The World Mourns Randy Pausch's Death From Pancreatic Cancer
Last updated: Jul 30, 2008
This week, many of us with cancer in our lives are mourning the death of Randy Pausch, the professor at Carnegie Mellon with pancreatic cancer whose " Last Lecture " about pursuing childhood dreams became a worldwide phenomenon. Pausch died Friday at home in Virginia with his wife Jai, his three children, and close friends by his side. At last count, the lecture, which became a viral Internet phenomenom when students uploaded it to YouTube, had been viewed by more than six million people. A book based on the lecture that Pausch co-authored with Wall Street Journal columnist Jeffrey Zaslow has been translated into 30 languages.
I won't go on and on; this is a story that bears exploring for yourself. Pausch's message has had such national resonance that Carnegie Mellon created a special page with all the links you need to follow the story. Please treat yourself to the time to do so.
What I will say is that when you're caring for a loved one with cancer, no matter what the present reality (treatment or no, good news or bad), death becomes a new presence in your life, waiting ahead, around a few bends in the road. Pausch became a hero -- for me and for millions of others -- by talking honestly and openly about what it's like to live day to day with that knowledge.
Professionally, I should also mention that Pausch did much to raise awareness about pancreatic cancer, one of the most deadly of all cancers, which has a shockingly low survival rate of 4 percent after five years. In March, he testified before congress on the desperate need for funding for pancreatic cancer research, pointing out that "We don't have advocates for this disease because they don't live long enough. We don't have a Michael J. Fox because people die too fast."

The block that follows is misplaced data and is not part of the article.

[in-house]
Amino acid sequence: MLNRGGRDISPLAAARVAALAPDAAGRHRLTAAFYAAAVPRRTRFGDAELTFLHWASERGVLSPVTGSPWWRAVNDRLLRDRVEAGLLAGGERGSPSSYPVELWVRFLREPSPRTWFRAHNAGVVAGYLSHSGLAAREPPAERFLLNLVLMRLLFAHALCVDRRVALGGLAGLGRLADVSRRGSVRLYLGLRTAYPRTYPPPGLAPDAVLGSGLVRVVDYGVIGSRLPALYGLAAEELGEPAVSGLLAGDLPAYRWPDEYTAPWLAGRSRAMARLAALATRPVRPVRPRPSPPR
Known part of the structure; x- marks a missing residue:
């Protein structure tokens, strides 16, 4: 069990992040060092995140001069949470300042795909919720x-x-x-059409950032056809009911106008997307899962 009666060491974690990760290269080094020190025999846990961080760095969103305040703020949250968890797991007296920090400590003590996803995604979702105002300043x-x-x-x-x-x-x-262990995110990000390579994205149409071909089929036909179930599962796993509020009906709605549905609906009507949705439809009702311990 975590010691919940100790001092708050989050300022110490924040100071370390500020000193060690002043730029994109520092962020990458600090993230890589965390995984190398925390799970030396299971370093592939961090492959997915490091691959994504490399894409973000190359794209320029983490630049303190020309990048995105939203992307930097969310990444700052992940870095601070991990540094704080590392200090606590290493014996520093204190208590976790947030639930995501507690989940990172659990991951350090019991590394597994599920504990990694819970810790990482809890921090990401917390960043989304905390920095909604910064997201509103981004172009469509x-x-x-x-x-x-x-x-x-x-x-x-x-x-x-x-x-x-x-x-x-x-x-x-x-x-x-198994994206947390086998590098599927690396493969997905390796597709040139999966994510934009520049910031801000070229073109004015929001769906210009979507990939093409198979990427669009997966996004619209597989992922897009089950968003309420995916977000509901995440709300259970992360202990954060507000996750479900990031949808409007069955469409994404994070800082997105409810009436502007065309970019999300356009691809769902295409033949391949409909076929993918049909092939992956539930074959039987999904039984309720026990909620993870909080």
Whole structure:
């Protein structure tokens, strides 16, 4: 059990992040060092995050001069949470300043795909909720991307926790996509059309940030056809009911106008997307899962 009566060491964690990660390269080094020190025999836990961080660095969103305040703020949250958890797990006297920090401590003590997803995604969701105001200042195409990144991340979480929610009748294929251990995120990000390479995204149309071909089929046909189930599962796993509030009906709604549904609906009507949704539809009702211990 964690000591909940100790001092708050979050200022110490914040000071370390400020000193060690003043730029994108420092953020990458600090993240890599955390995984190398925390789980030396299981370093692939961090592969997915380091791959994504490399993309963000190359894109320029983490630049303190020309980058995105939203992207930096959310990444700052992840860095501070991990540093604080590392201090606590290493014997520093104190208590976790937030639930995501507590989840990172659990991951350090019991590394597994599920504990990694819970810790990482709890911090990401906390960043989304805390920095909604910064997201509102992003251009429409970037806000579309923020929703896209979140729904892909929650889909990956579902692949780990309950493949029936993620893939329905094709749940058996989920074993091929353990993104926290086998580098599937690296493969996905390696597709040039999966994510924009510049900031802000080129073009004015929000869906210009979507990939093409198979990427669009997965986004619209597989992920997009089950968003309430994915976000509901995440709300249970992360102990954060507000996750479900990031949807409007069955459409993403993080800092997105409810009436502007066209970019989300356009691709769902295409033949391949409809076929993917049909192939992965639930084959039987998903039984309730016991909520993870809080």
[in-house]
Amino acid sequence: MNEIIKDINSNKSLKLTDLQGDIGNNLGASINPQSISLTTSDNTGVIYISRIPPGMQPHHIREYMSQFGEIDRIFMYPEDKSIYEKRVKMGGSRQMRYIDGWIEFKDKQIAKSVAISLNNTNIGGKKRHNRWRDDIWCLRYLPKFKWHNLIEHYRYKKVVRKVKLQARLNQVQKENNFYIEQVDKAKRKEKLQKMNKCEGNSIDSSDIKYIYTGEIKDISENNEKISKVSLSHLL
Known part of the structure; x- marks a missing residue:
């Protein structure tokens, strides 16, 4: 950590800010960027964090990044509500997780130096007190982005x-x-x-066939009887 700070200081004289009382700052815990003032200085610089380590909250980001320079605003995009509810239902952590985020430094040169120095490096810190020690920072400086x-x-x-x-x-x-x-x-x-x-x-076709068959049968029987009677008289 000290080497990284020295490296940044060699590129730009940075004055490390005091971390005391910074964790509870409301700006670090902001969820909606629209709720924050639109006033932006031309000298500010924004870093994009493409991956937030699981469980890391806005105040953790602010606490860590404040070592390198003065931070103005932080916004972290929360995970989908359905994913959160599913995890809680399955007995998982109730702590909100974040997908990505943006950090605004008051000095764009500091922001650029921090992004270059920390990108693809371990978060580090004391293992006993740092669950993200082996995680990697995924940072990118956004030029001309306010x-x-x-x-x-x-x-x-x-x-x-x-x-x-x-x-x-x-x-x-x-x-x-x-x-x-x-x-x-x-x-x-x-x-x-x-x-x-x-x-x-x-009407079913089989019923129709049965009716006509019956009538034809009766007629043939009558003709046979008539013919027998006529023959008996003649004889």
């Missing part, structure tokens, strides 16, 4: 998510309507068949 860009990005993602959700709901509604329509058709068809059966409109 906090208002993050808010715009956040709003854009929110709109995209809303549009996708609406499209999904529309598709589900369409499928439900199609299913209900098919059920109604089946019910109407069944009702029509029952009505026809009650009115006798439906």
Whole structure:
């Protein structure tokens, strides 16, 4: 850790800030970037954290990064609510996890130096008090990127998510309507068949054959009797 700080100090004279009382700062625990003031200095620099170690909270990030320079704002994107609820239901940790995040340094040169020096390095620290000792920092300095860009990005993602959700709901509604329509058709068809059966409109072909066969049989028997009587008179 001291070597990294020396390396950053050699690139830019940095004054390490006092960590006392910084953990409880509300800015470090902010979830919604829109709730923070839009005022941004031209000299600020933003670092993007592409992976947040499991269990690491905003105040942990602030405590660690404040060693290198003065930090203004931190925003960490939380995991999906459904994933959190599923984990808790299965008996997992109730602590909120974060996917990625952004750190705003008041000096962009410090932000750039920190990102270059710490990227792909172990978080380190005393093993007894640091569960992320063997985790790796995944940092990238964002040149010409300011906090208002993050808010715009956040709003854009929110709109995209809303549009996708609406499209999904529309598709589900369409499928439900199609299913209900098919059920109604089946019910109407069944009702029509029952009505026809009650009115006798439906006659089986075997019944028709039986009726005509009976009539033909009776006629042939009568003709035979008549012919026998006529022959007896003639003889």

This is the cancer that also made headlines earlier this year when actor Patrick Swayze was diagnosed with it; let's hope the burst of attention leads to more research funding into screening and treatment options for this terrible disease. Pausch actively pursued treatment, continuing to investigate the option of a pancreatic cancer vaccine until just weeks before he died. The Pausch family has asked that donations in his name be made to the Pancreatic Cancer Action Network .
Image of Randy Pausch taken from the "Last Lecture" video.
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